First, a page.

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phalangingle in theoryishotcrew

Can I just substitute an interpretive dance in place of a list?

Although I am generally of the opinion that I would never be a member of a club that would have someone like me as a member, I decided to give this a try.

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  1. "Foucault" in "Dictionnaire des philosophes" 1984, - Maurice Florence

 

  1. Distinction - Bourdieu

 

  1. El Laberinto de la Soledad - Paz

 

  1. The Presentation of Self in Everyday Life - Goffman

 

  1. Borderlands/La Frontera - Anzaldua

 

  1. The Interpretation of Cultures  - Geertz

 

  1. Aberrations in Black - Ferguson

 

  1. Ain't I a Woman  - bell hooks

 

  1. Giving an Account of Oneself - Butler

 

  1. Selections from the Prison Notebooks - Gramsci


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Comments

Our previous discussion ended with placing Geertz on the side of theory cast as different from an empirical ethnographic text. This common criticism emerges again when Geertz is positioned as a literary scholar. Geertz does indeed draw on the analytic tools of literary theory, but his "text" is not a literary document. Social life as text peaks critics ears. 'Only an intellectual could describe the world as text, as something to be read and contemplated from a distance'. Further, given Geertz's advocacy for a semiotic approach to culture, these critics argue that the text metaphor requires the bracketing of signs and symbols from "for historical or contemporary context or for political or even social realities" [I cut off the misinformation from informants piece of the criticism because I need to think about that some more].

I would respond to these criticisms by pointing to "Ideology as Cultural System" and "Deep Play: Notes on a Balinese Cockfight". In IC Geertz is critiquing approaches that reduce ideology to psychological or social systems. Geertz argues for a consideration of the cultural system in addition to the psychological and social system (see outline of argument in previous discussion). He isn't making the argument that analysis of cultural systems take the place of psychological and sociological analysis. Instead he points to the inadequacy of analysis that lacks an interpretative theory of culture.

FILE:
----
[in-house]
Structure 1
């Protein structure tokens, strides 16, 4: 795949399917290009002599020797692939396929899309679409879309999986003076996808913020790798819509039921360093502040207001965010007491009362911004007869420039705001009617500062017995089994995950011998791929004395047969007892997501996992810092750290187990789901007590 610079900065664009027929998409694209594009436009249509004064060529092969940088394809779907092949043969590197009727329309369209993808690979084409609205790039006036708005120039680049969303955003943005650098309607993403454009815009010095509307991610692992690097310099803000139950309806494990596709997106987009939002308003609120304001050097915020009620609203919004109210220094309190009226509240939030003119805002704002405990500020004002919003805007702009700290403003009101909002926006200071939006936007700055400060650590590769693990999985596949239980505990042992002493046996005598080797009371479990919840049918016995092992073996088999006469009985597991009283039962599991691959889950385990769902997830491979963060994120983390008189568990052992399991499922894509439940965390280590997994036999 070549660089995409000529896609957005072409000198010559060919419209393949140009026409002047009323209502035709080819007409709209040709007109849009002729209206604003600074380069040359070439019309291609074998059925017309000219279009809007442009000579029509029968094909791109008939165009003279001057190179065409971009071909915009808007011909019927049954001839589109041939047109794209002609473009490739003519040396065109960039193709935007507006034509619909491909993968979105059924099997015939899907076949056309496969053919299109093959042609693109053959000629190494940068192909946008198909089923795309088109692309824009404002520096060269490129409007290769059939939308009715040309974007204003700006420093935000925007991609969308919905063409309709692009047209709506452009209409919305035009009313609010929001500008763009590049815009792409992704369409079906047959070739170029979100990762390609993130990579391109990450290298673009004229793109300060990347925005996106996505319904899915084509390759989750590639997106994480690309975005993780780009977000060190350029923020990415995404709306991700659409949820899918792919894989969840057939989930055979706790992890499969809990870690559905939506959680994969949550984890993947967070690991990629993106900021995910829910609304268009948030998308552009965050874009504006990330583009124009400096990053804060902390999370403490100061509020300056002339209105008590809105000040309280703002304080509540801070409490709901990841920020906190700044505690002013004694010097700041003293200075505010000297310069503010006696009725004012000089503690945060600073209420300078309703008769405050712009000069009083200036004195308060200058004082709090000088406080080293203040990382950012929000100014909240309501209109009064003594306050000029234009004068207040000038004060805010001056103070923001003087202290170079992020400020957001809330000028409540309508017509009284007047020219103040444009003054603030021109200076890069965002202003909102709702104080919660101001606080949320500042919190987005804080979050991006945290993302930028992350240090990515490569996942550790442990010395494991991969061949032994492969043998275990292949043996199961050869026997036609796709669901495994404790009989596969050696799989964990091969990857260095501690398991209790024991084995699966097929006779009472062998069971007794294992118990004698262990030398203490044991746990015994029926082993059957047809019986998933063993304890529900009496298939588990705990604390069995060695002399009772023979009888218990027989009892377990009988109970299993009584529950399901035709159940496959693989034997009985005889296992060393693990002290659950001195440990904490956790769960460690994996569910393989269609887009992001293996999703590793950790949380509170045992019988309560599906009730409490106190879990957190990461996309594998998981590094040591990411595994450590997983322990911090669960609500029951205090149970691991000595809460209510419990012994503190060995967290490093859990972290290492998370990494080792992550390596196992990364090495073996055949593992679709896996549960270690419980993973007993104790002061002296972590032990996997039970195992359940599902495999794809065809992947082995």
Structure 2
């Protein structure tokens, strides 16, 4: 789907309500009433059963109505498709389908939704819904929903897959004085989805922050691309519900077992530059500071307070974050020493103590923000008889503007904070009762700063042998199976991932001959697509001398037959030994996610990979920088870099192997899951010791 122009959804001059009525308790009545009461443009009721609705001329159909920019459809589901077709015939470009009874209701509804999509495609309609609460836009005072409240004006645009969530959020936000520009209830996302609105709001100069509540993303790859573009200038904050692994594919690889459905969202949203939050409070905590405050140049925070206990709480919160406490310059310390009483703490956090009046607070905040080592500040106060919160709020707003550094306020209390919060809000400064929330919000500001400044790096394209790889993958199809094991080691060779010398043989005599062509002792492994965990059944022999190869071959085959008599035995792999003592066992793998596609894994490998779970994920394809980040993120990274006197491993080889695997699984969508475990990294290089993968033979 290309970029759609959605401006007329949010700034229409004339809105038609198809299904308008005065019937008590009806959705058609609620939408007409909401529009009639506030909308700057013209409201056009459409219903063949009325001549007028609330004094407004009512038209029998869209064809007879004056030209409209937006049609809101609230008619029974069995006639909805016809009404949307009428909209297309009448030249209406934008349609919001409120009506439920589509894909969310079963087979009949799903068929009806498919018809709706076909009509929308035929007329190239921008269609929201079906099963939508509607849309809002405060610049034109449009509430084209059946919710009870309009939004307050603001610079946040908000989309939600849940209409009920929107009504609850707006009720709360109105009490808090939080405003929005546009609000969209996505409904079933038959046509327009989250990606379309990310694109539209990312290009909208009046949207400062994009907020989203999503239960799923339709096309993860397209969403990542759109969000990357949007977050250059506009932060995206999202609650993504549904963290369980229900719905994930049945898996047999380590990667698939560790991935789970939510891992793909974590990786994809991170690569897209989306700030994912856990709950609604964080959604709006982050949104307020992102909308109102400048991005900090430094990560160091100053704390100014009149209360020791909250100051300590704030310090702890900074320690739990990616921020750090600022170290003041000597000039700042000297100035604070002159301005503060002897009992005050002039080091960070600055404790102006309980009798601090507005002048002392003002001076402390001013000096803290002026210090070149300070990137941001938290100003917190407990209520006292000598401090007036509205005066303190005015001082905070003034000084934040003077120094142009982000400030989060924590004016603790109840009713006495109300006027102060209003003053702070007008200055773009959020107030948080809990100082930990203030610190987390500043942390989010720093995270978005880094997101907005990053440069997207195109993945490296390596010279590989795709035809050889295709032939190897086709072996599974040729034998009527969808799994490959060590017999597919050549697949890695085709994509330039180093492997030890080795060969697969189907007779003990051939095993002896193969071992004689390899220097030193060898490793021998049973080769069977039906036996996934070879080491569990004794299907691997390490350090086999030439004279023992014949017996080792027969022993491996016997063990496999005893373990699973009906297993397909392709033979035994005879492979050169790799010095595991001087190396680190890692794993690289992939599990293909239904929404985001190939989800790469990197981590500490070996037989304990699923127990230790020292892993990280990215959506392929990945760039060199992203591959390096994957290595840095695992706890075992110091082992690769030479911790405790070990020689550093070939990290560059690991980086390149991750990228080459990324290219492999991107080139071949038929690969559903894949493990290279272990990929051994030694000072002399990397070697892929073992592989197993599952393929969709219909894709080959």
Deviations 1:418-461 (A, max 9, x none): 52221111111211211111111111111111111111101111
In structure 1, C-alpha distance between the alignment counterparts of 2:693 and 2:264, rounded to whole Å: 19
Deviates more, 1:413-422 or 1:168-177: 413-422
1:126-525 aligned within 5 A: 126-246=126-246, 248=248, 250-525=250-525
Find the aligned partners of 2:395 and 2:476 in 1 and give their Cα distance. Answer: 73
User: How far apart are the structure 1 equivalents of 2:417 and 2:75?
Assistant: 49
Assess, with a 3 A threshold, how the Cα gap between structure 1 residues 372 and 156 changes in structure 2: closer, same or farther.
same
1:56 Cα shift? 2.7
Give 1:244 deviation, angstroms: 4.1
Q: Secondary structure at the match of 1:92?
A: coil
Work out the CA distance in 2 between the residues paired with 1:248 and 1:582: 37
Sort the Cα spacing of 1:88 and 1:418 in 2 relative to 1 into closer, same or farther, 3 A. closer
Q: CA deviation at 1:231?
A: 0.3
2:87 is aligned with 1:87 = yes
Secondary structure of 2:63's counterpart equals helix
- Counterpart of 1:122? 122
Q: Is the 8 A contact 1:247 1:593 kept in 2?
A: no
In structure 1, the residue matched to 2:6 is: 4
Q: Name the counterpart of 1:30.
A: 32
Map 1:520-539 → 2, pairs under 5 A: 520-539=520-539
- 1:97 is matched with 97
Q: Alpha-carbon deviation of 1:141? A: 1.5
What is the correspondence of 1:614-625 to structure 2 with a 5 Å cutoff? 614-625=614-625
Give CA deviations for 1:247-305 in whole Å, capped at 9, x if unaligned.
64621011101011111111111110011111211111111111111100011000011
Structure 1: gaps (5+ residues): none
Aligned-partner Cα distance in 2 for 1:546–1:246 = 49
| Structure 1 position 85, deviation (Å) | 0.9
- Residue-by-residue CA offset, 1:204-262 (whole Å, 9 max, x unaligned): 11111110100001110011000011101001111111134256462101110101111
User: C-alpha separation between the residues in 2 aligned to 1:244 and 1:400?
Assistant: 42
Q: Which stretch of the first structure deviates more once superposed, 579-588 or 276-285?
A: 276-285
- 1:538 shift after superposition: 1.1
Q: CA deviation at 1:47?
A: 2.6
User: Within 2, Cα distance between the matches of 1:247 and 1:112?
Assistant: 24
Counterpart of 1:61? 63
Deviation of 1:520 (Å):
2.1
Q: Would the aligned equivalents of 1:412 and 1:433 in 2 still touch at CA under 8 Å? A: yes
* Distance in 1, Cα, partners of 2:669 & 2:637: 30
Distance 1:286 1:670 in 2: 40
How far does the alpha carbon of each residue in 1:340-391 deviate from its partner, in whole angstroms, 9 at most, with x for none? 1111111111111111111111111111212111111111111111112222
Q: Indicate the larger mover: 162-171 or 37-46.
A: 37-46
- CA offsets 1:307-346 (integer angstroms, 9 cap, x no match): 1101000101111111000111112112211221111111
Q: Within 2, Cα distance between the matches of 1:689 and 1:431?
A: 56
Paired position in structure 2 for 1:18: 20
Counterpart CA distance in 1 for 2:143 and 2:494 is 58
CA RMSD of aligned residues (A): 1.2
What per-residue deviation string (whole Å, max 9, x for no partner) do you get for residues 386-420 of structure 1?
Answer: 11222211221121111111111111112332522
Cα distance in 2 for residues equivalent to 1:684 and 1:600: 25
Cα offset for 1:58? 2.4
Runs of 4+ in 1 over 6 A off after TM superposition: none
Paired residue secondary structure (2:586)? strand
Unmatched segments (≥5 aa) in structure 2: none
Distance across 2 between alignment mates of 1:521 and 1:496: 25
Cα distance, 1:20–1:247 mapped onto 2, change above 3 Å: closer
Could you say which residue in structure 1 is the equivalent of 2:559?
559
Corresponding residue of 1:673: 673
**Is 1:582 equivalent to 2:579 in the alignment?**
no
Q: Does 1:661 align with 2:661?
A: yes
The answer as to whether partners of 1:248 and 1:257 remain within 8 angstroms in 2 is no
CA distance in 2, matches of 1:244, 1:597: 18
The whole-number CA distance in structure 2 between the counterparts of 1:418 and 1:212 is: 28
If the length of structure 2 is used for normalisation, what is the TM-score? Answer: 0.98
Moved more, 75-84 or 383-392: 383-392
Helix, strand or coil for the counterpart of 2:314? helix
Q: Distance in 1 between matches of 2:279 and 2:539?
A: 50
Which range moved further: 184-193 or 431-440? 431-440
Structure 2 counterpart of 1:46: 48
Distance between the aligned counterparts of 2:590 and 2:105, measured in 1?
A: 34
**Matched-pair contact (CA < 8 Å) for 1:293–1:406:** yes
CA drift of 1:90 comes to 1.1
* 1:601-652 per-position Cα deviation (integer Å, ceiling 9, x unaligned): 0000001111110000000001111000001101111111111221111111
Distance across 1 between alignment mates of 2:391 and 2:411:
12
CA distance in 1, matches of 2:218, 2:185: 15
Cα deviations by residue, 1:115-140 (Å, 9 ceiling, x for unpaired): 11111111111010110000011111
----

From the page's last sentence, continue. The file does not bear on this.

The "Deep Play" essay includes a discussion of arrival, initial relations with natives, observations of cocks fights, accounts of everyday language, and observational data on the size of bets at cock fights. Geertz is not providing insular ruminations nor is he simply offering a reading of the cockfight. In the essay he notes practices of housing the cocks and conventions for treating the body of cocks after fights. He also notes that before Dutch invasion, the cock fight was an open event with adult males establishing their citizenship in carrying their cocks into the ring. "Deep Play" should not be considered a simple rumination or work of "theory" (as opposed to ethnographic). Geertz gathered the material for the essay through fieldwork, not armchair anthropology.

I will have to think more about the nativism and aestheticizing dirty reality criticism (I have not encountered this one yet).
I can see how those charges are made and before looking at the essay again I held a very similar view that Geertz is only giving a semiotic account at the expense of social and historical context. The essay does not give a detailed historical account of the cock fight, but it does present the cock fight as something that changes over time in relation to social structure (pre-colonial vs colonial times).

Geertz documents his observations of the cockfights and derives statistical accounts of the matches. He writes "of the fifty-seven matches for which I have exact and reliable data on the center bet, the range is from fifteen ringgits to five hundred, with a mean at eighty-five and with the distribution being rather noticeably trimodal:" and goes on to describe the various sizes of two betting pools. After noting the economy of the cockfight, he argues that the money doesn't make the cock fight deep. The dramatization of the status structure makes the cock fight deep. Betting patterns follow a social logic:

Kin generally do not bet against a member of their kin group; when a kin member is not involved in the match then an member of an allied kin is chosen over a member of a non allied kin; local cocks are supported over foreign cocks. These, and other social patterns, are not interpreted from the "text" of a single cockfight, but from observation of over 50 cock fights.